This is a strategic examination of presidential influence. Key questions: what is the nature of this influence and how do presidents sustain and increase it?
This is an examination of the "mid-century" presidency, which is characterized by an unusual continuity of issues, an unprecedented complexity of policy challenges, and the weakening of political party ties.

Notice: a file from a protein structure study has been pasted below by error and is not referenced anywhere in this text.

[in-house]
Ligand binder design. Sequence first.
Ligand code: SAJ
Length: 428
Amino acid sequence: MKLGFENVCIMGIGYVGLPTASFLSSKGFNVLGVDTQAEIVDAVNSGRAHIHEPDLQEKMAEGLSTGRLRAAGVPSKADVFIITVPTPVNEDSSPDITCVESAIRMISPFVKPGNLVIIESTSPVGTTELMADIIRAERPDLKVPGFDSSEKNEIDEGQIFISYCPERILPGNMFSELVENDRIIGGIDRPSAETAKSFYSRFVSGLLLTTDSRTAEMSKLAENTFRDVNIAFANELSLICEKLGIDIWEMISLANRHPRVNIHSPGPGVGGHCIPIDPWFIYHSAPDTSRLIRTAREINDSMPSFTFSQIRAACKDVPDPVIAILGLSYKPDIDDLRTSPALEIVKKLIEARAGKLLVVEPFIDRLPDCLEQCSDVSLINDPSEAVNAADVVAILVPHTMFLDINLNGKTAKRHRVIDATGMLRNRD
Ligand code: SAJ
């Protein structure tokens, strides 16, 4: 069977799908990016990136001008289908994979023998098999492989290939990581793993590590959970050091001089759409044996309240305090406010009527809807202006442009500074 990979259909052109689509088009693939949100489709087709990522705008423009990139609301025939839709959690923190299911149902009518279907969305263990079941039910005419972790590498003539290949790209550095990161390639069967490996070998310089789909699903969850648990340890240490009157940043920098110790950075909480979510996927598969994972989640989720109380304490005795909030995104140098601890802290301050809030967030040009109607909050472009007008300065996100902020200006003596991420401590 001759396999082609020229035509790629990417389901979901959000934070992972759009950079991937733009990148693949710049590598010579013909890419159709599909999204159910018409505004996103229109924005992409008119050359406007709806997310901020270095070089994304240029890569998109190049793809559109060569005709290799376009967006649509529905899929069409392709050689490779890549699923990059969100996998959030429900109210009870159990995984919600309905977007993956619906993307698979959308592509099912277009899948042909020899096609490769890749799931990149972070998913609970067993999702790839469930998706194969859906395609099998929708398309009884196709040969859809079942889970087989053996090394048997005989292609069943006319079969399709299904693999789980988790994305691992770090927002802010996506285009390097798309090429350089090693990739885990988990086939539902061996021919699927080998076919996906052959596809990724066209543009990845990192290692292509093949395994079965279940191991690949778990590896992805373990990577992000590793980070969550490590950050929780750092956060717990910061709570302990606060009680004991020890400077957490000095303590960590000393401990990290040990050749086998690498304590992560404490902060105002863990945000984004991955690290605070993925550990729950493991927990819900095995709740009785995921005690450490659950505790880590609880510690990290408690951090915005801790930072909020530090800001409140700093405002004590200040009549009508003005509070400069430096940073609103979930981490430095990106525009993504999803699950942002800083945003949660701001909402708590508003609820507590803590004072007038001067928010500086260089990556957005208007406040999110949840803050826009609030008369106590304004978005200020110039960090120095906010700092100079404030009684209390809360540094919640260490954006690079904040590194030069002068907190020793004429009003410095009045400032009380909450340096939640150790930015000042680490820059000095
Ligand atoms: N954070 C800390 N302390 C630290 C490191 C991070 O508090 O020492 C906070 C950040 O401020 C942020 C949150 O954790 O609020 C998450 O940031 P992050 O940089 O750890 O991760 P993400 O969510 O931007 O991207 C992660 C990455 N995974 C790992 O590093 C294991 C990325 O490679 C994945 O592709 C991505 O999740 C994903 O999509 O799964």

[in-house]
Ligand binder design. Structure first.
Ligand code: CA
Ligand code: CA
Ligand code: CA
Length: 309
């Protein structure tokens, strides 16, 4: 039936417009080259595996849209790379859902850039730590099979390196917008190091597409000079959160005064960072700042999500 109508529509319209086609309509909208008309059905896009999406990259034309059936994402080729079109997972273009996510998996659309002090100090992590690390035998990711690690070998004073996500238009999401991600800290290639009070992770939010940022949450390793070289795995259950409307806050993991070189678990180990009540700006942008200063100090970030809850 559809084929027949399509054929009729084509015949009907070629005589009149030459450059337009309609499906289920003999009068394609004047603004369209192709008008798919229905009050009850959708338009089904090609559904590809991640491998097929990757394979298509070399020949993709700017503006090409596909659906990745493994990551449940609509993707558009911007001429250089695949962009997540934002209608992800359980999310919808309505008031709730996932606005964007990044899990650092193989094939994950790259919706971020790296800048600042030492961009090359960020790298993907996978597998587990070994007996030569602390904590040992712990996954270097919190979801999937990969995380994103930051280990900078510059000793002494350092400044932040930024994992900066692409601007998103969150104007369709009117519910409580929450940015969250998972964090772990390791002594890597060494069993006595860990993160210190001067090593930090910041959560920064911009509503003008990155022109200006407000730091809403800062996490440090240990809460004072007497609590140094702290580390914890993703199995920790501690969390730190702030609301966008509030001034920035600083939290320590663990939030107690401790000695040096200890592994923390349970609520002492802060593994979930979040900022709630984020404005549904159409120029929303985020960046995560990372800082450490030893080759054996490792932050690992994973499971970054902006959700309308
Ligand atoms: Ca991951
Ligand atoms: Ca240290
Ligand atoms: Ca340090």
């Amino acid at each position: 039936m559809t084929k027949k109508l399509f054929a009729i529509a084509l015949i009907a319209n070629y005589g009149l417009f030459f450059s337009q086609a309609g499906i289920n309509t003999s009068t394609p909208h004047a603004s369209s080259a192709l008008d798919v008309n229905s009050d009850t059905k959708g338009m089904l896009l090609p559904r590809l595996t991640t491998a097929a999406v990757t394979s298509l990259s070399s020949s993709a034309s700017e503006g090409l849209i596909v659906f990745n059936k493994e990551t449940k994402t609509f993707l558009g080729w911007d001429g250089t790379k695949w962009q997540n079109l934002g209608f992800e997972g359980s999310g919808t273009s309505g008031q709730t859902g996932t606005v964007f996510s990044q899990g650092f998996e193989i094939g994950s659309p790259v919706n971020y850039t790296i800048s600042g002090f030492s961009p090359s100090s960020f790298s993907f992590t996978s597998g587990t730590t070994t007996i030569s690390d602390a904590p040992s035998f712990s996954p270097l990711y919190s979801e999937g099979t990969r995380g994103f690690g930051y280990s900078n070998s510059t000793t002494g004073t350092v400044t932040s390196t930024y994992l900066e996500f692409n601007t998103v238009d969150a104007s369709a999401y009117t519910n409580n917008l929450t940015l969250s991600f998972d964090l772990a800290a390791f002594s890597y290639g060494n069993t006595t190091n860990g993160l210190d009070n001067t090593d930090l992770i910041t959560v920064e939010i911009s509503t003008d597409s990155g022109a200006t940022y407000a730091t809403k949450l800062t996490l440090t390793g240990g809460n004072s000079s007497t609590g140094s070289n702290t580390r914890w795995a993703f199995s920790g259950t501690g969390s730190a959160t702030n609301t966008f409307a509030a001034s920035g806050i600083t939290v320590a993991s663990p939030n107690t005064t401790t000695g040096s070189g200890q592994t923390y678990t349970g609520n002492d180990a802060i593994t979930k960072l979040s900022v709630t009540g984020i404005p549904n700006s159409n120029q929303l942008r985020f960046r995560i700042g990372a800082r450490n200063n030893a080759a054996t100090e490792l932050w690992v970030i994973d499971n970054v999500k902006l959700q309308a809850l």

Presidents have been burdened both legally and by consensus with a greatly expanded set of tasks. In performing these tasks, they are beset by five constituencies -- executive officials, legislators, supporters, the public, and foreign countries. These tasks and pressures impose a kind of limitation on a president's ability to set his own agenda -- Neustadt calls this clerkship to suggest its conflict with leadership.
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